Thursday - Sep 20, 2018

Make insurance honest again


insurance_column

by Kris S. Held, M.D.

Republicans campaigned on a pledge to repeal and replace Obamacare. The electorate responded to this promise, and Republicans now control the House, Senate, and White House. So, what’s the hold up?

The holdup is that politicians succumb to pressure from special interest groups (insurance corporations and hospital associations) that benefit billions upon billions of dollars in a convoluted system of billing, subsidizing, and taxing to the point of insanity. These third-party entities feed off a medical-industrial complex that consumes more than $3.2 trillion yearly. They want to keep their hands on this money. Individual patients and doctors, by comparison, have no power or money to influence politicians.

In a recent Wall Street Journal piece, Daniel Henninger opined that the Freedom Caucus led by Congressman Mark Meadows was responsible for fracturing the Republican Party and delaying the leadership’s repeal of Obamacare. But this session has not considered a “Repeal Obamacare” bill. There was only Paul Ryan’s American Healthcare Act (AHCA)—put together in conjunction with insurance executives and hospital association lobbyists, behind closed doors with physician Senator Rand Paul knocking to no avail, and thrust on the American people with no messaging, in a take-it-or-leave-it condescending fashion.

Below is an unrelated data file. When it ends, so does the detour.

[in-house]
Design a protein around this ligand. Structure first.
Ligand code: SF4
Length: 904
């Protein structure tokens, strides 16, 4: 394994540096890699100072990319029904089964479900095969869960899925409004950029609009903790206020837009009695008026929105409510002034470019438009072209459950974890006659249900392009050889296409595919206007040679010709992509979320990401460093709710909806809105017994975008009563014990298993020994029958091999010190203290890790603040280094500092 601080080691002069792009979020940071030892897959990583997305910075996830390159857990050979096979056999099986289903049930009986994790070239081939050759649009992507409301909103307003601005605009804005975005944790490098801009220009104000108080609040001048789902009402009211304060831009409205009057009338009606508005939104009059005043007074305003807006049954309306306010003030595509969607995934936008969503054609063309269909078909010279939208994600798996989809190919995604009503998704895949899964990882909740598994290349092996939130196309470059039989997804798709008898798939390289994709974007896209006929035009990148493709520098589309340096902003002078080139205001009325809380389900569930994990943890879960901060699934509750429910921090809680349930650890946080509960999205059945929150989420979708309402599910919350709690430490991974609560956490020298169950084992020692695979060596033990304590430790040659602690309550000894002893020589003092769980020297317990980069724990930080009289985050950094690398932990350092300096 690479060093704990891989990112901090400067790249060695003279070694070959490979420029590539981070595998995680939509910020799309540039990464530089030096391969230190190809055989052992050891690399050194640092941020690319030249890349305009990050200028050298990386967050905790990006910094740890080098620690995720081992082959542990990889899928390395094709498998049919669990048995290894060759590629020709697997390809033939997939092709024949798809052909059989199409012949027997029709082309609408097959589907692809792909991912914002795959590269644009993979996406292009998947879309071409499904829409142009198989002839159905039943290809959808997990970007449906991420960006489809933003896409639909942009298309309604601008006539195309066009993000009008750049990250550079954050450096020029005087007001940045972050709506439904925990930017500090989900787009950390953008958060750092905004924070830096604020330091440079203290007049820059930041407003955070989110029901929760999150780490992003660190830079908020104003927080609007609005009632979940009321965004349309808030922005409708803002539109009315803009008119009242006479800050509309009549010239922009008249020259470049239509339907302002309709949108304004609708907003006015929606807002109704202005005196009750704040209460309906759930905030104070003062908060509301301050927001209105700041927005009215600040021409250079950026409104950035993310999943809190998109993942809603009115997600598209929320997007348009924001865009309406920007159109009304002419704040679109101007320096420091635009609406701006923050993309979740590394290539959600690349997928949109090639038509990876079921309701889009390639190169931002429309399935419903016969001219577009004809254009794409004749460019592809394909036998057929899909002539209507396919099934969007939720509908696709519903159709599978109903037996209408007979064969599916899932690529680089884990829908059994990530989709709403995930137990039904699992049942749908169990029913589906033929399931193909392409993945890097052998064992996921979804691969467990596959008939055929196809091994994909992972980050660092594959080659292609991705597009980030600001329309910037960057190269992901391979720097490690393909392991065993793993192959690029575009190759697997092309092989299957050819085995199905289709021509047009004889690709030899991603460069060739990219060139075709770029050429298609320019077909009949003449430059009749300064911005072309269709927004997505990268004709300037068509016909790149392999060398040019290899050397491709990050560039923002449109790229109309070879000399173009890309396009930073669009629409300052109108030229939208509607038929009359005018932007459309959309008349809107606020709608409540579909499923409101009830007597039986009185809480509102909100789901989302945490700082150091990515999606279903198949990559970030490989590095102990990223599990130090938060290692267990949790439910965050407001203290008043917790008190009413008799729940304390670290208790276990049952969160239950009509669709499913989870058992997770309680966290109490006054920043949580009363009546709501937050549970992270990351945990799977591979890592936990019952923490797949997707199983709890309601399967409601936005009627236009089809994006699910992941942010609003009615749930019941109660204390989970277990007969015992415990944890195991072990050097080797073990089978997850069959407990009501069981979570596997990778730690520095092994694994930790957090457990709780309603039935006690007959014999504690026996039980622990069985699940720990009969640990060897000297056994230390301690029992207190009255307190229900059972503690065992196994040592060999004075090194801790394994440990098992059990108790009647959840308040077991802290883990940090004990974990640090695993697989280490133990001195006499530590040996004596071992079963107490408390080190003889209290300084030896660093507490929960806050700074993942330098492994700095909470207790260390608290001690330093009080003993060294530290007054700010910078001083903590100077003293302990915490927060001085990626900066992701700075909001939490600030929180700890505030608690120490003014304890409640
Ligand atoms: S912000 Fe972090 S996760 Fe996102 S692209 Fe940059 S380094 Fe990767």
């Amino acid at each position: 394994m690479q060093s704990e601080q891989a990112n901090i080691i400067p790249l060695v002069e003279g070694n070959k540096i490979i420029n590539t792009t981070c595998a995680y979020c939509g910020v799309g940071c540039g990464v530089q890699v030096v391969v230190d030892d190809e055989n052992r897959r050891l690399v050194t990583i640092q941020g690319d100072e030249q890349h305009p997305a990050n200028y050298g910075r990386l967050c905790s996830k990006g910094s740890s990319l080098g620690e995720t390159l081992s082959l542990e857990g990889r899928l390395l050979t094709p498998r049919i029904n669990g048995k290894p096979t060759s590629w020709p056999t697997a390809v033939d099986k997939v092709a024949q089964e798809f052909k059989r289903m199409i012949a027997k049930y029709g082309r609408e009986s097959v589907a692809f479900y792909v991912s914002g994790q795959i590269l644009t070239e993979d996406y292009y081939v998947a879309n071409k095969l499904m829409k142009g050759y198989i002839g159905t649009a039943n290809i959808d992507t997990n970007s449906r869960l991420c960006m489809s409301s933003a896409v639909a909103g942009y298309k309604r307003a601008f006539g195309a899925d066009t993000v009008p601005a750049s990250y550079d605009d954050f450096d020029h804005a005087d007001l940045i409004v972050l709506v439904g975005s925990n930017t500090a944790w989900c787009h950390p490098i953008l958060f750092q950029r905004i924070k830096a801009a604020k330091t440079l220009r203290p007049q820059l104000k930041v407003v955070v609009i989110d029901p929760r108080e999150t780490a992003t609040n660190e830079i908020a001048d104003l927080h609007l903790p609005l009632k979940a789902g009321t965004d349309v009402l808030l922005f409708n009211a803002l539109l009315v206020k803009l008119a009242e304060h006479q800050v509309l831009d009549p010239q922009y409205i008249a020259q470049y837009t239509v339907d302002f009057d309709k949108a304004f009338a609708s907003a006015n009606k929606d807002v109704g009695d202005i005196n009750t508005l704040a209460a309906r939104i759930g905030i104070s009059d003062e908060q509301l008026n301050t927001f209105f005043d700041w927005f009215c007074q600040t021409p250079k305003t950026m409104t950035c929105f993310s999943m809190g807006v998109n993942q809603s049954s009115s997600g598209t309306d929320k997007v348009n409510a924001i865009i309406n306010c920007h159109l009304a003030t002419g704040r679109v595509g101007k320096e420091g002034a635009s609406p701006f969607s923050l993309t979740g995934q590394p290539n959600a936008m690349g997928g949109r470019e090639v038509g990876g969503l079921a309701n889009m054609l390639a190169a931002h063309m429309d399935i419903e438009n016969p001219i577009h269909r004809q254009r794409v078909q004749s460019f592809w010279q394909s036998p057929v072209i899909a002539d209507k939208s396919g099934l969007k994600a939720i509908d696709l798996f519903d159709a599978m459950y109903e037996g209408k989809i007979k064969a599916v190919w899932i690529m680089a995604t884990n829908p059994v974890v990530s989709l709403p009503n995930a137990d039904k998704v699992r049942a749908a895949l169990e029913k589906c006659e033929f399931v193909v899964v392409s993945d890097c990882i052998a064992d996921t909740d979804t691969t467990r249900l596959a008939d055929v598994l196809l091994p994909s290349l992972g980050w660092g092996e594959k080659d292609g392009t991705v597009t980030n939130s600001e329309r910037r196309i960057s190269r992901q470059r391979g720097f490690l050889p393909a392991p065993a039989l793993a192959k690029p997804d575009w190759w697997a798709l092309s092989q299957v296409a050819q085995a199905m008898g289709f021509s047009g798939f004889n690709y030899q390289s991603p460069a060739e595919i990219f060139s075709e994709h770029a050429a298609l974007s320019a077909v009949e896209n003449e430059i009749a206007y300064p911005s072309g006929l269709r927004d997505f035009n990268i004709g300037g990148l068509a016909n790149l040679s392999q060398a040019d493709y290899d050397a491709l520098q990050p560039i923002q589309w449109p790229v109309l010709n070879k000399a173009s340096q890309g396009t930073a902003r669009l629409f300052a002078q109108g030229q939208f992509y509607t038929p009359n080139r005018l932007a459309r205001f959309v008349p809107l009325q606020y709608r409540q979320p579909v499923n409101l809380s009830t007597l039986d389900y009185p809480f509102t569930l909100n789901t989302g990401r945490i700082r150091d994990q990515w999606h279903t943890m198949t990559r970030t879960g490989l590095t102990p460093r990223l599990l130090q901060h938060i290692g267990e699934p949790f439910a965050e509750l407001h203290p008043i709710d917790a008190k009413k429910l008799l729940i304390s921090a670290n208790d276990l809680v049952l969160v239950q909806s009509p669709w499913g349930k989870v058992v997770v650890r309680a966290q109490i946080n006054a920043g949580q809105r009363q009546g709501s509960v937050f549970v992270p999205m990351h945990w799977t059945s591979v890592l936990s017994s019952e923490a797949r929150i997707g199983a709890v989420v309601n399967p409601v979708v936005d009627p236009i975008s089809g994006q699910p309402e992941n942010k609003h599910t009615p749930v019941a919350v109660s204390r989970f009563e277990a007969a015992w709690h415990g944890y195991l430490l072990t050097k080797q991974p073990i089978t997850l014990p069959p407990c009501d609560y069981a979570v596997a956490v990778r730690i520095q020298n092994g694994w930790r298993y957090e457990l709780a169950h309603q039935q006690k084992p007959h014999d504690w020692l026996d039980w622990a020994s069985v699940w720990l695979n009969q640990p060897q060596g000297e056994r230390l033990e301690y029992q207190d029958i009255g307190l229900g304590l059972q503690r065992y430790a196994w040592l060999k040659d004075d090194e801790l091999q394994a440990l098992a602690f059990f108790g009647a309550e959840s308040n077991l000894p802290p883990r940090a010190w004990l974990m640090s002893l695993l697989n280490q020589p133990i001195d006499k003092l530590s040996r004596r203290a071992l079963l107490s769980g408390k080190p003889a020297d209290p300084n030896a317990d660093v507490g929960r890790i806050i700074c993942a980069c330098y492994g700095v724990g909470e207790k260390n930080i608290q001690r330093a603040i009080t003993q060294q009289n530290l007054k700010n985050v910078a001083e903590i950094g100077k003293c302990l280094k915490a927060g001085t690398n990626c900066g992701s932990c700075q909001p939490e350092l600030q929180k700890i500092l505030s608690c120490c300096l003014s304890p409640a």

Ryancare, AKA Obamacare 2.0, would have led to another 15 to 20 percent increase in premiums, according to the Congressional Budget Office, while leaving intact the expansive Obamacare insurance regulations that make insurance so expensive and creating yet another new government subsidy.

The Freedom Caucus, the Tuesday Group of “moderates,” and others, can trade accusations, but playing the blame game helps nothing. The goal is to make medical care in America great, accessible, and affordable, particularly in catastrophic circumstances. This requires that we make insurance affordable again, and to do this we must make insurance honest again.

One of the biggest deceptions of of all times is that the actual cost of medical care is so unfathomably expensive that no one could afford it without insurance. This myth is perpetuated by the insurance and hospital industries, because it is part of a perverse, convoluted, deceptive business plan.
Understanding this scam is essential to calling it out and fixing it.

Politicians decry huge hospital bills, and accordingly they claim they must support federal subsidies, Medicaid expansion, and even single payer, government-run medicine, recounting anecdotes of medical catastrophes. For example, a member of the Tuesday Group told how he tragically lost a child and would have been bankrupted by a million-dollar hospital bill were it not for his health insurance, and based on this he was unable to support repeal and replace of ObamaCare.

In reality, no one ever pays those huge bills. They are fabricated and inflated to maximize profit for insurance companies and hospitals. The mechanism for doing this is called the Chargemaster. Care can be and is rendered a fraction of the cost, as the Surgery Center of Oklahoma demonstrates.